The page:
Number one: Is hell for real? When we go to the Bible, we discover that Jesus clearly believed in hell. Jesus talked more about hell than he did about heaven. He had more to say warning people about hell than he did inviting people to go to heaven. Most of what we know about hell comes from the lips of Jesus.
Illustration: The great preacher Vance Havner said he was preaching in a country church as a young man and a farmer remonstrated with him because he had just preached a sermon about hell. The man said to Pastor Vance Havner, "I don't think you should preach any more fire and brimstone. You should preach about the meek and mild Jesus." Vance Havner replied, "But he's the one who gave me all the information about hell in the first place."
Jesus believed in hell. The apostles believed in hell. The Christian church has always believed in hell. Sometimes we talk about things where we differ, but here's a point where Protestants, Catholics, orthodox, and evangelicals in the main are all agreed. We've always said the same thingthose who die impenitent, having rejected Jesus Christ, will suffer the torments of hell forever. We differ in the way we explain that perhaps, but we all believe hell is a real place.
That brings me to the words of our Lord in Luke 16:
There was a rich man who was dressed in purple and fine linen and lived in luxury every day. At his gate was laid a beggar named Lazarus, covered with sores and longing to eat what fell from the rich man's table. Even the dogs came and licked his sores.
The time came when the beggar died and the angels carried him to Abraham's side. The rich man also died and was buried. In hell, where he was in torment, he looked up and saw Abraham far away, with Lazarus by his side. So he called to him, "Father Abraham, have pity on me and send Lazarus to dip the tip of his finger in water and cool my tongue, because I am in agony in this fire."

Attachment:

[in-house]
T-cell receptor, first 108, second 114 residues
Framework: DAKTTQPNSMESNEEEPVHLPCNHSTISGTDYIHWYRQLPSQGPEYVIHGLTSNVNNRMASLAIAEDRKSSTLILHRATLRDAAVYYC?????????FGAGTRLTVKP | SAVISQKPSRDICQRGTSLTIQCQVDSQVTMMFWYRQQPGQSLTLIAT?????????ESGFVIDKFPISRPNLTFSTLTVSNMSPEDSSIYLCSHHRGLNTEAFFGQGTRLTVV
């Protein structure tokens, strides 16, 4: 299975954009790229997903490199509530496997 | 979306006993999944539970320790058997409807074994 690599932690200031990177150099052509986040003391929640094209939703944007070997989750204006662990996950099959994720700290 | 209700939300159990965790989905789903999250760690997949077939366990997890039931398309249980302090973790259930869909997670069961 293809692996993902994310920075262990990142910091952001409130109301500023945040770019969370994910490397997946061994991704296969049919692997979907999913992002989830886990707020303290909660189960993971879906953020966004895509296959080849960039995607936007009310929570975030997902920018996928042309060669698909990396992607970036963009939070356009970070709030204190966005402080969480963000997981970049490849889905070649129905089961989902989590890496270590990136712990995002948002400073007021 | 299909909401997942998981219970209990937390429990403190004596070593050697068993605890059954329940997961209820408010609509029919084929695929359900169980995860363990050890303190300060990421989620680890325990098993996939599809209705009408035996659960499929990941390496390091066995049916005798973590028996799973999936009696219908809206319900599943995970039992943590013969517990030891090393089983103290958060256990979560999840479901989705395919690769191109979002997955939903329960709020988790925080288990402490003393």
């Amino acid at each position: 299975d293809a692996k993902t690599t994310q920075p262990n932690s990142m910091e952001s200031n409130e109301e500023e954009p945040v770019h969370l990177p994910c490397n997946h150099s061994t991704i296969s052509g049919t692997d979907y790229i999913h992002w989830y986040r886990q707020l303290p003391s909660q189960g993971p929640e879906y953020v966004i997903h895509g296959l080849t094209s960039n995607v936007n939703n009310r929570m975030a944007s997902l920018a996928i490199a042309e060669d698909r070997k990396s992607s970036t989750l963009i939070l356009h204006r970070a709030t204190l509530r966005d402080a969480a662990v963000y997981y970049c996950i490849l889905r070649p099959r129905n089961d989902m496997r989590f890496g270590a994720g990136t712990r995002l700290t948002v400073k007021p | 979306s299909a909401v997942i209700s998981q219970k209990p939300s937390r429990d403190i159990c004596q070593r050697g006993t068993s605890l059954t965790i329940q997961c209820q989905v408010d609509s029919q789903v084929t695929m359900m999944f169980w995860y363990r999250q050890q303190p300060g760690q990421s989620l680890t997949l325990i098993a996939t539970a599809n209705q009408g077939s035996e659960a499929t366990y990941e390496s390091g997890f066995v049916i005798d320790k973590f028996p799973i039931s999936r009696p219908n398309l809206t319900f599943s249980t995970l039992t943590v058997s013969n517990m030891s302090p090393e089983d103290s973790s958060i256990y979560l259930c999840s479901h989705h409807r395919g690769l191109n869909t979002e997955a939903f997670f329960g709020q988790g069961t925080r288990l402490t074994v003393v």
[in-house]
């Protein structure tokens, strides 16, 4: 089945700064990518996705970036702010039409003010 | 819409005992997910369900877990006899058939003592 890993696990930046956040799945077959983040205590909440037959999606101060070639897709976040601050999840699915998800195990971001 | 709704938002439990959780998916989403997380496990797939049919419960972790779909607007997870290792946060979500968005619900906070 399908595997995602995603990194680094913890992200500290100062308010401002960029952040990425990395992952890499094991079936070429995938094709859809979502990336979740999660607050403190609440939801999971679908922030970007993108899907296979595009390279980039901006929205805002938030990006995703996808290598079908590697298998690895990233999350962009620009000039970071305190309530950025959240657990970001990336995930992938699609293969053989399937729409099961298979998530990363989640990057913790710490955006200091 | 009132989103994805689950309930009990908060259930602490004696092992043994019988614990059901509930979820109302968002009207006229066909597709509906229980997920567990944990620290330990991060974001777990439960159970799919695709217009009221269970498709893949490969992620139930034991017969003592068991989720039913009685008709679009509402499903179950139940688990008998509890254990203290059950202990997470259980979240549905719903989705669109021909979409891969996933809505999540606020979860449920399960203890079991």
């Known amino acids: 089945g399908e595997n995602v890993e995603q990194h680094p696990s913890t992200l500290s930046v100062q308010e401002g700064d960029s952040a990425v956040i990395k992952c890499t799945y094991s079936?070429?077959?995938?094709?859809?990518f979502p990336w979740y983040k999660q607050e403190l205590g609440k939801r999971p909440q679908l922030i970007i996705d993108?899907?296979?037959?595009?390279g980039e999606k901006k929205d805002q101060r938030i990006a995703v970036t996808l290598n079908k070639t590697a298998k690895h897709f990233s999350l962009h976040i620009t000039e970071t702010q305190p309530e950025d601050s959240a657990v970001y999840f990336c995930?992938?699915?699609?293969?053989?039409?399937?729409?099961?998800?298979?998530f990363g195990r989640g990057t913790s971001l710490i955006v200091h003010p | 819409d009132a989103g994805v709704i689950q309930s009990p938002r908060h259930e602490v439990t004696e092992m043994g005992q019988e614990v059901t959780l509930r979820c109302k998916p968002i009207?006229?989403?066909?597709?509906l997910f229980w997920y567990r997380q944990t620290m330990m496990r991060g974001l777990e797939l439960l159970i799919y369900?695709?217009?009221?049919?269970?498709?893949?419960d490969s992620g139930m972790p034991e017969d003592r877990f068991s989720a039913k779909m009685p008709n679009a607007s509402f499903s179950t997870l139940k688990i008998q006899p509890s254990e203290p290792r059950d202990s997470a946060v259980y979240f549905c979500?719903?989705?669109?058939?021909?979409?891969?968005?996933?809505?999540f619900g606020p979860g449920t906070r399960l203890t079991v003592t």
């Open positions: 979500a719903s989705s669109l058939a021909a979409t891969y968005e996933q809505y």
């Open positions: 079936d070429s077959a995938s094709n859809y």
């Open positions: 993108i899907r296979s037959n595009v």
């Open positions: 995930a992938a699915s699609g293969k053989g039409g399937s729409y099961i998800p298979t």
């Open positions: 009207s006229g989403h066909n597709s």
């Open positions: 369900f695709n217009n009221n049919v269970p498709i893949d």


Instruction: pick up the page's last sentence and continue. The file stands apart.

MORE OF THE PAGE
But Abraham replied, "Son, remember that in your lifetime you received your good things, while Lazarus received bad things, but now he is comforted here and you are in agony. And besides all this, between us and you a great chasm has been fixed, so that those who want to go from here to you cannot, nor can anyone cross over from there to us.
He answered, "Then I beg you, father, send Lazarus to my father's house, for I have five brothers. Let him warn them, so that they will not also come to this place of torment."
Abraham replied, "They have Moses and the Prophets; let them listen to them."
"No, father Abraham," he said, "but if someone from the dead goes to them, they will repent."
He said to him, "If they do not listen to Moses and the Prophets, they will not be convinced even if someone rises from the dead."
I know the commentaries commonly say this is a parable. But I point out three things to you. Number one, it isn't called a parable. Number two, if it is a parable, it's the only parable that has a name in it. And number three, even if it is a parable, it is not simply fanciful truth. It is clear that Jesus is telling us something important about the eternal destinies of those who die with God and without God. We are learning facts here about heaven and facts about hell.
What do we learn from this story about hell?
We know the dead are still alive. In hell, being in torment, he lifted up his eyes. Lazarus was alive in heaven; the rich man was alive in hell.
We know the dead retain their personalities and essential character. That is, Lazarus was still Lazarus, and the rich man was still the rich man. Their characters were not changed.
More that that, we know they maintained some sense of their own faculties. Consider what we learn from this story about the man in hell. He could see. He could hear. He could feel. He could recognize. He could remember. He could speak. He could reflect. He could plead. He could suffer. He could even think ahead. There's only one thing the man in hell couldn't do. He couldn't get out. He was trapped there forever.